Smith C.,Queensland Center for Emerging Infectious Diseases | Skelly C.,Biosecurity Intelligence Unit | Skelly C.,GIS People Pty Ltd | Kung N.,Queensland Center for Emerging Infectious Diseases | And 2 more authors.
PLoS ONE | Year: 2014

Hendra virus causes sporadic but typically fatal infection in horses and humans in eastern Australia. Fruit-bats of the genus Pteropus (commonly known as flying-foxes) are the natural host of the virus, and the putative source of infection in horses; infected horses are the source of human infection. Effective treatment is lacking in both horses and humans, and notwithstanding the recent availability of a vaccine for horses, exposure risk mitigation remains an important infection control strategy. This study sought to inform risk mitigation by identifying spatial and environmental risk factors for equine infection using multiple analytical approaches to investigate the relationship between plausible variables and reported Hendra virus infection in horses. Spatial autocorrelation (Global Moran's I) showed significant clustering of equine cases at a distance of 40 km, a distance consistent with the foraging 'footprint' of a flying-fox roost, suggesting the latter as a biologically plausible basis for the clustering. Getis-Ord Gi* analysis identified multiple equine infection hot spots along the eastern Australia coast from far north Queensland to central New South Wales, with the largest extending for nearly 300 km from southern Queensland to northern New South Wales. Geographically weighted regression (GWR) showed the density of P. alecto and P. conspicillatus to have the strongest positive correlation with equine case locations, suggesting these species are more likely a source of infection of Hendra virus for horses than P. poliocephalus or P. scapulatus . The density of horses, climate variables and vegetation variables were not found to be a significant risk factors, but the residuals from the GWR suggest that additional unidentified risk factors exist at the property level. Further investigations and comparisons between case and control properties are needed to identify these local risk factors. © 2014 Smith et al.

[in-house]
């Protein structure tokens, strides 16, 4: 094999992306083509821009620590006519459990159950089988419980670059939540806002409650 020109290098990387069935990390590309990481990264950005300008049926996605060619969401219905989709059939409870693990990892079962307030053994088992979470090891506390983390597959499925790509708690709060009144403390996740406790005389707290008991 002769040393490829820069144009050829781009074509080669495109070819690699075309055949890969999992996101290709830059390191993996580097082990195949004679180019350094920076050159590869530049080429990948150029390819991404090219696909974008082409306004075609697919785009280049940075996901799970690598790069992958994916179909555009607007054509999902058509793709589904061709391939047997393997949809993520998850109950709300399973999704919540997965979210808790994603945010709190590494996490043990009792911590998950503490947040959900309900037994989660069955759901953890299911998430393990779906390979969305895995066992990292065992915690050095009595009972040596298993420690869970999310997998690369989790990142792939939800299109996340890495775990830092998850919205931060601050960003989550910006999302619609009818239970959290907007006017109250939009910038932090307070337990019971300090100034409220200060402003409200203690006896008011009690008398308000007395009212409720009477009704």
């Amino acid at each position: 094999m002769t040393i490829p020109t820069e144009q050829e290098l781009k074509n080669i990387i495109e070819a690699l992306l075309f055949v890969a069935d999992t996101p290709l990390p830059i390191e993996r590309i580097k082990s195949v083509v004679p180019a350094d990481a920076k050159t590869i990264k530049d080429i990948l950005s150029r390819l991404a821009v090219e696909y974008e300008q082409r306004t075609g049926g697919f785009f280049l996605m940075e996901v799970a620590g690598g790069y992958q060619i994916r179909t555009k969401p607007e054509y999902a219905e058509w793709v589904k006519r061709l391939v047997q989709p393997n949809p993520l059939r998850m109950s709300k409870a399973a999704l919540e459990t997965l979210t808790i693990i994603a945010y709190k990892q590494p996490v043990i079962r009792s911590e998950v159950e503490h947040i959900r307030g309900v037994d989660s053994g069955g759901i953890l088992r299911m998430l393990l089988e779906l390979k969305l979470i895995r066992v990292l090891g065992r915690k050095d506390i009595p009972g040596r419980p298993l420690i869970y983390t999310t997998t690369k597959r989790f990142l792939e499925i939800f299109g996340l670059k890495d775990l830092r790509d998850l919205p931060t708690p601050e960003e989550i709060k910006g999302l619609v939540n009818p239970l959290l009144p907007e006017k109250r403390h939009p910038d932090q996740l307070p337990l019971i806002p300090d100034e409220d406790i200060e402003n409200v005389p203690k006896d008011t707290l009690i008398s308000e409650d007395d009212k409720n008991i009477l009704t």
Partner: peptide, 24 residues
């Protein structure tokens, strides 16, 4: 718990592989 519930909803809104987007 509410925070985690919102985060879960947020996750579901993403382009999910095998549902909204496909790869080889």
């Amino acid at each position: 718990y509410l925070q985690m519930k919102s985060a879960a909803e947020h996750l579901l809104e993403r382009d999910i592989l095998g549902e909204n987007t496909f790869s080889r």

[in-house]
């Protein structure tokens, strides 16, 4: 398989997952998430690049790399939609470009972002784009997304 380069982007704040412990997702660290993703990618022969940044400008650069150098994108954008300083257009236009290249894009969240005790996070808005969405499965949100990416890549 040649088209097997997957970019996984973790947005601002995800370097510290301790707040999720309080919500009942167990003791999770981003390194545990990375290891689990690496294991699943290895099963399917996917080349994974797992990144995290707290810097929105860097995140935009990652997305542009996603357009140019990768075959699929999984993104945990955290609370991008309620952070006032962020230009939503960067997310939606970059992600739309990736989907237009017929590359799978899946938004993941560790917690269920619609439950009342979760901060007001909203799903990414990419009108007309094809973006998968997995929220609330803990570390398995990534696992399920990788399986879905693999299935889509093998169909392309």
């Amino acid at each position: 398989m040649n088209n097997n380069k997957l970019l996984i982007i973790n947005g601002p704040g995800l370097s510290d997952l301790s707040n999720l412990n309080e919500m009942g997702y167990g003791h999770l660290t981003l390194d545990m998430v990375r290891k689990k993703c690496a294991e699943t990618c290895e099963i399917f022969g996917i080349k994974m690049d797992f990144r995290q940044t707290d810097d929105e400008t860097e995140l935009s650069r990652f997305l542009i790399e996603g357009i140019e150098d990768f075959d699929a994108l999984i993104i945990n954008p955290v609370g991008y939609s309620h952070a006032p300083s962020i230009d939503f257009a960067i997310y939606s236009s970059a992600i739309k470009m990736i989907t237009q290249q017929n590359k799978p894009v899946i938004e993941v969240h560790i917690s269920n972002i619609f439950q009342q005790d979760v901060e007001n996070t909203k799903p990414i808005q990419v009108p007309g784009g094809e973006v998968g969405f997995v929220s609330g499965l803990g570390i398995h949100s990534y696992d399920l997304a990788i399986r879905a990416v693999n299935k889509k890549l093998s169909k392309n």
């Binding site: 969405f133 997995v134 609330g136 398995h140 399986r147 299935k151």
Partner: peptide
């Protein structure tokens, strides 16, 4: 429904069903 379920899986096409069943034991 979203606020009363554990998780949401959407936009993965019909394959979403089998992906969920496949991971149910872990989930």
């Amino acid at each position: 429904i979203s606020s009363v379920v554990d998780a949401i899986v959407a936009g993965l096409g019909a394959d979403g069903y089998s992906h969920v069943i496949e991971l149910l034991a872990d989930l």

McMichael L.A.,Queensland Center for Emerging Infectious Diseases | McMichael L.A.,University of Queensland | Edson D.,Queensland Center for Emerging Infectious Diseases | Field H.,Queensland Center for Emerging Infectious Diseases
EcoHealth | Year: 2014

Flying-foxes (pteropid bats) are the natural host of Hendra virus, a recently emerged zoonotic virus responsible for mortality or morbidity in horses and humans in Australia since 1994. Previous studies have suggested physiological and ecological risk factors for infection in flying-foxes, including physiological stress. However, little work has been done measuring and interpreting stress hormones in flying-foxes. Over a 12-month period, we collected pooled urine samples from underneath roosting flying-foxes, and urine and blood samples from captured individuals. Urine and plasma samples were assayed for cortisol using a commercially available enzyme immunoassay. We demonstrated a typical post-capture stress response in flying-foxes, established urine specific gravity as an attractive alternative to creatinine to correct urine concentration, and established population-level urinary cortisol ranges (and geometric means) for the four Australian species: Pteropus alecto 0.5-305.1 ng/mL (20.1 ng/mL); Pteropus conspicillatus 0.3-370.9 ng/mL (18.9 ng/mL); Pteropus poliocephalus 0.3-311.3 ng/mL (10.1 ng/mL); Pteropus scapulatus 5.2-205.4 ng/mL (40.7 ng/mL). Geometric means differed significantly except for P. alecto and P. conspicillatus. Our approach is methodologically robust, and has application both as a research or clinical tool for flying-foxes, and for other free-living colonial wildlife species. © 2014 International Association for Ecology and Health.